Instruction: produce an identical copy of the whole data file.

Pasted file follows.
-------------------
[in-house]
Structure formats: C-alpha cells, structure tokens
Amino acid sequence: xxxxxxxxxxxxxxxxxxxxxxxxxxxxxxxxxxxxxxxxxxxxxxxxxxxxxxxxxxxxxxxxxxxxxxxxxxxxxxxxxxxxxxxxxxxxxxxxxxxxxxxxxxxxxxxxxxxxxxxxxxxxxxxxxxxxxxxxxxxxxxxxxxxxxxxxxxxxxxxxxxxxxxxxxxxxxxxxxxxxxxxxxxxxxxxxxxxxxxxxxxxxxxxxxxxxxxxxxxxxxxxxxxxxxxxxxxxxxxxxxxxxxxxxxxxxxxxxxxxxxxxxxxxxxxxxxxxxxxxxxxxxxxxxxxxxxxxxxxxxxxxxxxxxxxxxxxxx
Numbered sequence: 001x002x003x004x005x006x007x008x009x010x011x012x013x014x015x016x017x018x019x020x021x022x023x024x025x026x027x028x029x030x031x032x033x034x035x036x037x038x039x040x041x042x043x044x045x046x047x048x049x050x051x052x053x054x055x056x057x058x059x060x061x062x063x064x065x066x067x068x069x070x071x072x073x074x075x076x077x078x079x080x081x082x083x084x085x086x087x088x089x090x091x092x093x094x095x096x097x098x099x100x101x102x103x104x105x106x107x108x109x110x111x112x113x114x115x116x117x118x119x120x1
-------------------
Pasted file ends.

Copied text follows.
[in-house]
Structure formats: C-alpha cells, structure tokens
Amino acid sequence: xxxxxxxxxxxxxxxxxxxxxxxxxxxxxxxxxxxxxxxxxxxxxxxxxxxxxxxxxxxxxxxxxxxxxxxxxxxxxxxxxxxxxxxxxxxxxxxxxxxxxxxxxxxxxxxxxxxxxxxxxxxxxxxxxxxxxxxxxxxxxxxxxxxxxxxxxxxxxxxxxxxxxxxxxxxxxxxxxxxxxxxxxxxxxxxxxxxxxxxxxxxxxxxxxxxxxxxxxxxxxxxxxxxxxxxxxxxxxxxxxxxxxxxxxxxxxxxxxxxxxxxxxxxxxxxxxxxxxxxxxxxxxxxxxxxxxxxxxxxxxxxxxxxxxxxxxxxx
Numbered sequence: 001x002x003x004x005x006x007x008x009x010x011x012x013x014x015x016x017x018x019x020x021x022x023x024x025x026x027x028x029x030x031x032x033x034x035x036x037x038x039x040x041x042x043x044x045x046x047x048x049x050x051x052x053x054x055x056x057x058x059x060x061x062x063x064x065x066x067x068x069x070x071x072x073x074x075x076x077x078x079x080x081x082x083x084x085x086x087x088x089x090x091x092x093x094x095x096x097x098x099x100x101x102x103x104x105x106x107x108x109x110x111x112x113x114x115x116x117x118x119x120x1